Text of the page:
By default, WinRM will not accept unencrypted communication with a client. There are two ways to enable encrypted communication with pywinrm:

  1. Use an HTTPS endpoint instead of HTTP (Recommended)
  2. Use NTLM, Kerberos, or CredSSP as the transport auth

Using an HTTPS endpoint is recommended, as it will encrypt all the data sent to the server (including all headers), works securely with all auth types, and can properly verify remote host identity (when used with certificates signed by a verifiable certificate authority). You can use this script to easily set up a HTTPS endpoint on WinRM with a self-signed certificate, but the use of a verifiable certificate authority is recommended in production environments.

The second option is to use NTLM, Kerberos, or CredSSP, and set the message_encryption arg to protocol to auto (the default value) or always. This will use the authentication GSS-API Wrap and Unwrap methods to encrypt the message contents sent to the server. This form of encryption is independent of the transport layer, and the strength of the encryption used varies with the underlying authentication type selected (NTLM generally being the weakest and CredSSP the strongest).

To configure message encryption you can use the message_encryption argument when initialising protocol. This option has 3 values that can be set as shown below.

  • auto: Default, Will only use message encryption if it is available for the auth method and HTTPS isn't used.
  • never: Will never use message encryption even when not over HTTPS.
  • always: Will always use message encryption even when running over HTTPS (fails if encryption support is unavailable on the selected auth method).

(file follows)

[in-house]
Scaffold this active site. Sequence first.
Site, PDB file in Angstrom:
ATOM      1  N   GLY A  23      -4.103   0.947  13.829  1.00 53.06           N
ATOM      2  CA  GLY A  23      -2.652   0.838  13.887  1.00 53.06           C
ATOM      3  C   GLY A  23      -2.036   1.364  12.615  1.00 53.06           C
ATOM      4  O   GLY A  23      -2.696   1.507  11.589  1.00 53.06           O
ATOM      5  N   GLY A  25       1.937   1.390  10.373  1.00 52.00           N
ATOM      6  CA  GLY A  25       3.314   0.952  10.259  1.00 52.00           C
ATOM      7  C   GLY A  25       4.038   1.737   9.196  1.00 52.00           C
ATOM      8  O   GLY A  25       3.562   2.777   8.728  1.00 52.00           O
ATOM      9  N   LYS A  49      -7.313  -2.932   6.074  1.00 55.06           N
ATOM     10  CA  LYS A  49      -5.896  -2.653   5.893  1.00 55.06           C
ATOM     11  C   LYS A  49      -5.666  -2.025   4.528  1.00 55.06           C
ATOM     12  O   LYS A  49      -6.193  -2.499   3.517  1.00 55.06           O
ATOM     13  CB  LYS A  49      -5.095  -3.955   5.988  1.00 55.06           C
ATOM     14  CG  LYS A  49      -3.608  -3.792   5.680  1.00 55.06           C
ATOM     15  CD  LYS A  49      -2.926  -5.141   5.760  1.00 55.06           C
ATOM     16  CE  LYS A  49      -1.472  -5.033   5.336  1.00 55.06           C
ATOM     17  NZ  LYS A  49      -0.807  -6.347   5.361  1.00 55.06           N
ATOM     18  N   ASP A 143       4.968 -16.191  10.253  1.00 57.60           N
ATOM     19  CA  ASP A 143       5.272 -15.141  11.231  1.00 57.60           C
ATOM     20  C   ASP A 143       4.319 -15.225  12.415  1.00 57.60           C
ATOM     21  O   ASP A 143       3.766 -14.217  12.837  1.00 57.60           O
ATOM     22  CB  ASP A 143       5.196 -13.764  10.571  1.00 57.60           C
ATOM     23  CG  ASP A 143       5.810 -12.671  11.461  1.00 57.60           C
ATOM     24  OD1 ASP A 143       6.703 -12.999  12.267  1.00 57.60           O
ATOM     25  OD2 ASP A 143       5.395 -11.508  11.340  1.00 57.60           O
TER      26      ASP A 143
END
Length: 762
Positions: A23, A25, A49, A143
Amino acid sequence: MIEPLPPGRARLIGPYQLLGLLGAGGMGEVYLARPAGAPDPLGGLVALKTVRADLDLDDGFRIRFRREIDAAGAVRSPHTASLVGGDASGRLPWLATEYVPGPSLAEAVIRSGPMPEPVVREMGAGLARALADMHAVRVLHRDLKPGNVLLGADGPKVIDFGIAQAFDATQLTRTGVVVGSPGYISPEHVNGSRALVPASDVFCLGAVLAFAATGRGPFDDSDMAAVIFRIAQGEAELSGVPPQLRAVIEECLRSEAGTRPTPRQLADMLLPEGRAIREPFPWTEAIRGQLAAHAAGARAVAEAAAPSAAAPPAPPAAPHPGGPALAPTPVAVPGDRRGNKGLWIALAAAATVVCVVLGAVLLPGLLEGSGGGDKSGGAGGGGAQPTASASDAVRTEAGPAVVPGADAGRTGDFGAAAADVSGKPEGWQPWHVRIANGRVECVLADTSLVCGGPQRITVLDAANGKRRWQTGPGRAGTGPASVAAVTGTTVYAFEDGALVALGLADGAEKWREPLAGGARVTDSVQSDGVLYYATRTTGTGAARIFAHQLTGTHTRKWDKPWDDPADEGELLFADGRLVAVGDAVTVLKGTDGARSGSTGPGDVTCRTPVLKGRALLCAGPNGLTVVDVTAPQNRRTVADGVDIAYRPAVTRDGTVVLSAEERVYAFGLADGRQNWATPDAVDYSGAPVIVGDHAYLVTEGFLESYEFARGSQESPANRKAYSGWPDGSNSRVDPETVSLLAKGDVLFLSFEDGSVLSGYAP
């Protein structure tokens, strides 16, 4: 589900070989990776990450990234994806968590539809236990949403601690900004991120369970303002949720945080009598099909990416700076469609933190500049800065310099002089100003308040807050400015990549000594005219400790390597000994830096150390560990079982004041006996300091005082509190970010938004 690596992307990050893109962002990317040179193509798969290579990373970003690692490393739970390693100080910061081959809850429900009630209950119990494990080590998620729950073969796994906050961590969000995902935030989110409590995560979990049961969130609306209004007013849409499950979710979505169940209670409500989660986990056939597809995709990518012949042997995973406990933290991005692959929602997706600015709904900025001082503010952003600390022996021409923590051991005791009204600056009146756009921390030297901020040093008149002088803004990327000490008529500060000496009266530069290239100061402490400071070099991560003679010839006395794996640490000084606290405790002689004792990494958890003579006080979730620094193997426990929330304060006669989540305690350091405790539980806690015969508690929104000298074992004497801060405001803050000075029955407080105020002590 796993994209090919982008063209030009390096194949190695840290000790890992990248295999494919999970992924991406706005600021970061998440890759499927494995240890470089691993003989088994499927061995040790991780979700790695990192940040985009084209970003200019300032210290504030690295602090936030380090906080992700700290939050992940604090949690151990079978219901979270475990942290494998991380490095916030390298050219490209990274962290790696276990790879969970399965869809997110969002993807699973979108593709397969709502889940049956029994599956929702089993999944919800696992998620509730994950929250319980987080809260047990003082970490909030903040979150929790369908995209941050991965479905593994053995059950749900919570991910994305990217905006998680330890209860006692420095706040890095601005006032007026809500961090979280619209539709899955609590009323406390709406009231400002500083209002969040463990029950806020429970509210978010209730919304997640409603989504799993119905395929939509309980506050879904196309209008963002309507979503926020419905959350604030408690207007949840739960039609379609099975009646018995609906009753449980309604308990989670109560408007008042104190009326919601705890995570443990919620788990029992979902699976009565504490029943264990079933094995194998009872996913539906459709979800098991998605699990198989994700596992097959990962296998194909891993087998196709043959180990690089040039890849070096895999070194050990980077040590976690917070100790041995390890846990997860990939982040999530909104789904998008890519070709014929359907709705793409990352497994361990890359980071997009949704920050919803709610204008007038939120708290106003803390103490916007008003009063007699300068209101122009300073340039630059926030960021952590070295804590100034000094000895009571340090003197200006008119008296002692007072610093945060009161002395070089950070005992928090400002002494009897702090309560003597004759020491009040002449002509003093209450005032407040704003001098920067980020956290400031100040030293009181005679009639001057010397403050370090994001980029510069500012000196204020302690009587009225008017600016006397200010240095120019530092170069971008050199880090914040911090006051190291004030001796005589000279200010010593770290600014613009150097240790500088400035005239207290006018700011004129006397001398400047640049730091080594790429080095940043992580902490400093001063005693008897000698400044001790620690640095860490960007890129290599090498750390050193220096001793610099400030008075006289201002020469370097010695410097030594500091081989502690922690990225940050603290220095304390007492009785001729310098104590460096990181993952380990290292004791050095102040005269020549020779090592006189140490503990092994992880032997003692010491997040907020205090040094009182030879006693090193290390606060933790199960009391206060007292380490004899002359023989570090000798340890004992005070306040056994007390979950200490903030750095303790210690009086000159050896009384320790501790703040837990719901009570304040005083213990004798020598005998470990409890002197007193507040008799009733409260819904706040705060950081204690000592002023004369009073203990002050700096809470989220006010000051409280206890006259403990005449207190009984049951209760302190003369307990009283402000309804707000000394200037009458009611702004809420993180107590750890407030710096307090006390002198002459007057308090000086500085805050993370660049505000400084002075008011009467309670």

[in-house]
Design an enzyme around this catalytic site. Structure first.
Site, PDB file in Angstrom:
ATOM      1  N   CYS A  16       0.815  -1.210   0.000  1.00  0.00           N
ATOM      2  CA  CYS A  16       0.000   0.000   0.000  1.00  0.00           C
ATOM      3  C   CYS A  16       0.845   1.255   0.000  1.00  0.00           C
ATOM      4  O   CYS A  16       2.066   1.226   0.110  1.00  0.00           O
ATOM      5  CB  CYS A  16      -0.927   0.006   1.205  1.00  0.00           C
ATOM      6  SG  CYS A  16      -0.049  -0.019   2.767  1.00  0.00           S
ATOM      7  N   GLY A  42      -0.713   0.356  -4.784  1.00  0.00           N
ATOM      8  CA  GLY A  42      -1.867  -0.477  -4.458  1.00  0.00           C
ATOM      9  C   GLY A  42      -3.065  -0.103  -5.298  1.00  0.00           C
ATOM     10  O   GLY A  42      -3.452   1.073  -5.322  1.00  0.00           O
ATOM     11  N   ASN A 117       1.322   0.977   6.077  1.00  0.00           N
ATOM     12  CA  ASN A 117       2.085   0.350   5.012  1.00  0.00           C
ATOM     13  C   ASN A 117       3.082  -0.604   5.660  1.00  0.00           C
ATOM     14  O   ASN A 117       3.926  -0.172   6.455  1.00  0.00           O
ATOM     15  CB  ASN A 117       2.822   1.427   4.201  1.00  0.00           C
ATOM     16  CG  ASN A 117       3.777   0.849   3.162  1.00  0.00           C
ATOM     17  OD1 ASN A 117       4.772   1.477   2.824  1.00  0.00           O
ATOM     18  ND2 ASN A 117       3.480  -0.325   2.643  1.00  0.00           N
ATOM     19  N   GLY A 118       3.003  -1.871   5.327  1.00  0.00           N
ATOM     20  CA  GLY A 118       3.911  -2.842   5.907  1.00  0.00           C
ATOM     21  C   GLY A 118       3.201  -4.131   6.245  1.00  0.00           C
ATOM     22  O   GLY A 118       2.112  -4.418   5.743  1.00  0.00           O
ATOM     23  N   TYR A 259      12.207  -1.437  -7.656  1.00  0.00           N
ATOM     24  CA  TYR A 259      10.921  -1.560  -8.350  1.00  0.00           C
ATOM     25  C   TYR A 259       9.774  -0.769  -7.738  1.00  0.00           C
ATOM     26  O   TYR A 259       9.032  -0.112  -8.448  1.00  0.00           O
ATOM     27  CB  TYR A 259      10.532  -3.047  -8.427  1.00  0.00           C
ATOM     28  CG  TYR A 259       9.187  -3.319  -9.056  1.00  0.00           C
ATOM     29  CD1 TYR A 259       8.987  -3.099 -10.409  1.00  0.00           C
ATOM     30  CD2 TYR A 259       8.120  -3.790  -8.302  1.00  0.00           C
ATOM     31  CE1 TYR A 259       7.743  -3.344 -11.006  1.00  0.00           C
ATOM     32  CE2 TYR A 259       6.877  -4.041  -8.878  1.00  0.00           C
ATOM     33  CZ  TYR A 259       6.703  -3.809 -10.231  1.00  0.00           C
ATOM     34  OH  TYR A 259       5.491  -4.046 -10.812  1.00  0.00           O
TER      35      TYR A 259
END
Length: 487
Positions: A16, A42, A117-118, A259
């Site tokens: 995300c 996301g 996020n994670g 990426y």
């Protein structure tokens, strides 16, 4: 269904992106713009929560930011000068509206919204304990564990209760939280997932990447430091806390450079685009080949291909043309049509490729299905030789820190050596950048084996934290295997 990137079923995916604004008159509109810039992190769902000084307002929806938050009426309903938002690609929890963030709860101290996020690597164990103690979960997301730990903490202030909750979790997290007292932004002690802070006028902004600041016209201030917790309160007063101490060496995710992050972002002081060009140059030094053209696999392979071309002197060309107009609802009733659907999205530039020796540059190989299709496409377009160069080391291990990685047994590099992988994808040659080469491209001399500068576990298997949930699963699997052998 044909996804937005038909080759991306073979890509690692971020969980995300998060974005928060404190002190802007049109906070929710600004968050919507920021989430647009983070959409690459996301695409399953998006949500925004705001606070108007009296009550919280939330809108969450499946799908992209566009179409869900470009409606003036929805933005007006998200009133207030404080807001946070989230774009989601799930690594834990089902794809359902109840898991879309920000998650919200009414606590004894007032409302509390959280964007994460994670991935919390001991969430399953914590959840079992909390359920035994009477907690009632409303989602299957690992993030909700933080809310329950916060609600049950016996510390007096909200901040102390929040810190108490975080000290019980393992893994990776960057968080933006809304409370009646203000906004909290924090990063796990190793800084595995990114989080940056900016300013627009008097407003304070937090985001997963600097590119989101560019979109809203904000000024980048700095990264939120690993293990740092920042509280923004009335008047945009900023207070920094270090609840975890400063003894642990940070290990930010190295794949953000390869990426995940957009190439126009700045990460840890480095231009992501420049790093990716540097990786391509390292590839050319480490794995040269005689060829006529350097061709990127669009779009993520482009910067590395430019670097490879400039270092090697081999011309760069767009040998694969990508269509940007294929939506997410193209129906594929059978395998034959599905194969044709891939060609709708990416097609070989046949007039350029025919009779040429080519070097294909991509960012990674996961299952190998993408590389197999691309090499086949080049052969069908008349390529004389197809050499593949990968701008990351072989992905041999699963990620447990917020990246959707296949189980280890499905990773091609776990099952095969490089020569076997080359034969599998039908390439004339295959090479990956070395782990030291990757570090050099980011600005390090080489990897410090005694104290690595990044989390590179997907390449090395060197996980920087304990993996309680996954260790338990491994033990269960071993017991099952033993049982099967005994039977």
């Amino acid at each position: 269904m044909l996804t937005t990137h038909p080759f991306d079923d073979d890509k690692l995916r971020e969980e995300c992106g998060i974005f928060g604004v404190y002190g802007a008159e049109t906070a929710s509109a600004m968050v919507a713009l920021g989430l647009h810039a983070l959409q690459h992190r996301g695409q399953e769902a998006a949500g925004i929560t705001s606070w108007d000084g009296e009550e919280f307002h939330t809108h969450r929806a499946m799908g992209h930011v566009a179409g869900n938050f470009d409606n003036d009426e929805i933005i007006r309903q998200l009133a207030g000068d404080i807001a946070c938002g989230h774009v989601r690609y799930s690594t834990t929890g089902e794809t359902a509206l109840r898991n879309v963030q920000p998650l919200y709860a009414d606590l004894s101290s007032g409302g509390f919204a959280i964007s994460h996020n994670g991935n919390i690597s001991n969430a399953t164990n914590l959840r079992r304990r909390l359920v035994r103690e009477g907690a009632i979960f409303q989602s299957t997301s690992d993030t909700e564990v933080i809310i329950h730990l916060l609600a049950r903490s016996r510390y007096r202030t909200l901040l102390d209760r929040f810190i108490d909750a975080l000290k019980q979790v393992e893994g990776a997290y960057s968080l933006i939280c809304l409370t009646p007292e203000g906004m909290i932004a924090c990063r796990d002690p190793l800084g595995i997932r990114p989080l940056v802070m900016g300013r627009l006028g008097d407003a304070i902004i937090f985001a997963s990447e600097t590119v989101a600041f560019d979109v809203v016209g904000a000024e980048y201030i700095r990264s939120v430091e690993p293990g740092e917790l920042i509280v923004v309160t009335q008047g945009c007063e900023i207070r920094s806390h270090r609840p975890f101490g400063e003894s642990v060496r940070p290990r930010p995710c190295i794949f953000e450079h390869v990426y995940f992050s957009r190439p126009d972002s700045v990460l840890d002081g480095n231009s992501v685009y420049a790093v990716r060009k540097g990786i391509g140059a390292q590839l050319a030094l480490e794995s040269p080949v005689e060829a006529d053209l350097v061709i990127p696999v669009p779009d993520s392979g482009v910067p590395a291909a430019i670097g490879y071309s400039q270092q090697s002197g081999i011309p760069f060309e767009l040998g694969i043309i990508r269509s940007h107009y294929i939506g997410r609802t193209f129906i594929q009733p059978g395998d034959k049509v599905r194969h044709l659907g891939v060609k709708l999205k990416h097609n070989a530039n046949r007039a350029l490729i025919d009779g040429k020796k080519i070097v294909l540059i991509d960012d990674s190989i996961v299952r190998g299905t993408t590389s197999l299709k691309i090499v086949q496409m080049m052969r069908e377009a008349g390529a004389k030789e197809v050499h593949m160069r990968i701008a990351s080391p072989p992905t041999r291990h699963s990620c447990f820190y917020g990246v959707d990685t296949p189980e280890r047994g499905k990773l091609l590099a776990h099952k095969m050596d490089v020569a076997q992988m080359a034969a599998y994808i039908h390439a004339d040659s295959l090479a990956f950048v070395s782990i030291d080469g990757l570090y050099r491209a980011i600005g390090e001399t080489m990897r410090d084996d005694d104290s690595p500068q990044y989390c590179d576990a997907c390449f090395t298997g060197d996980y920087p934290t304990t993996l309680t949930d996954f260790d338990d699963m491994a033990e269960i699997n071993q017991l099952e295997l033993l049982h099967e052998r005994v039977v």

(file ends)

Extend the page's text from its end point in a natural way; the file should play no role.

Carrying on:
If you set the value to always and the transport opt doesn't support message encryption (e.g., basic auth or an old version of pykerberos without message encryption support is installed), pywinrm will throw an exception.

If you do not use an HTTPS endpoint or message encryption, a default-configured WinRM server will automatically reject requests from pywinrm. Server settings can be modified allow unencrypted messages and credentials, but this is highly insecure and should only be used for diagnostic purposes. To allow unencrypted communications, run the following on the WinRM server (cmd and powershell versions provided):

# from cmd
winrm set winrm/config/service @{AllowUnencrypted="true"}

# or from powershell
Set-Item -Path "WSMan:\localhost\Service\AllowUnencrypted" -Value $true

Again, this should not be used in production environments, as your credentials and WinRM messages can be trivially recovered.

Enabling WinRM on remote host

Enable WinRM over HTTP and HTTPS with self-signed certificate (includes firewall rules):

# from powershell:
Invoke-Expression ((New-Object System.Net.Webclient).DownloadString(''))

Enable WinRM over HTTP for test usage (includes firewall rules):

winrm quickconfig

Enable WinRM basic authentication. For domain users, it is necessary to use NTLM, Kerberos, or CredSSP authentication (Kerberos and NTLM authentication are enabled by default, CredSSP is not).

# from cmd:
winrm set winrm/config/service/auth @{Basic="true"}

Enable WinRM CredSSP authentication. This allows double hop support so you can authenticate with a network service when running command son the remote host. This command is run in Powershell.

Enable-WSManCredSSP -Role Server -Force
Set-Item -Path "WSMan:\localhost\Service\Auth\CredSSP" -Value $true

Contributors (alphabetically)

  • Alessandro Pilotti
  • Alexey Diyan
  • Chris Church
  • David Cournapeau
  • Gema Gomez
  • Jijo Varghese
  • Jordan Borean
  • Juan J. Martinez
  • Lukas Bednar
  • Manuel Sabban
  • Matt Clark
  • Matt Davis
  • Maxim Kovgan
  • Nir Cohen
  • Patrick Dunnigan
  • Reina Abolofia

Want to help - send a pull request. I will accept good pull requests for sure.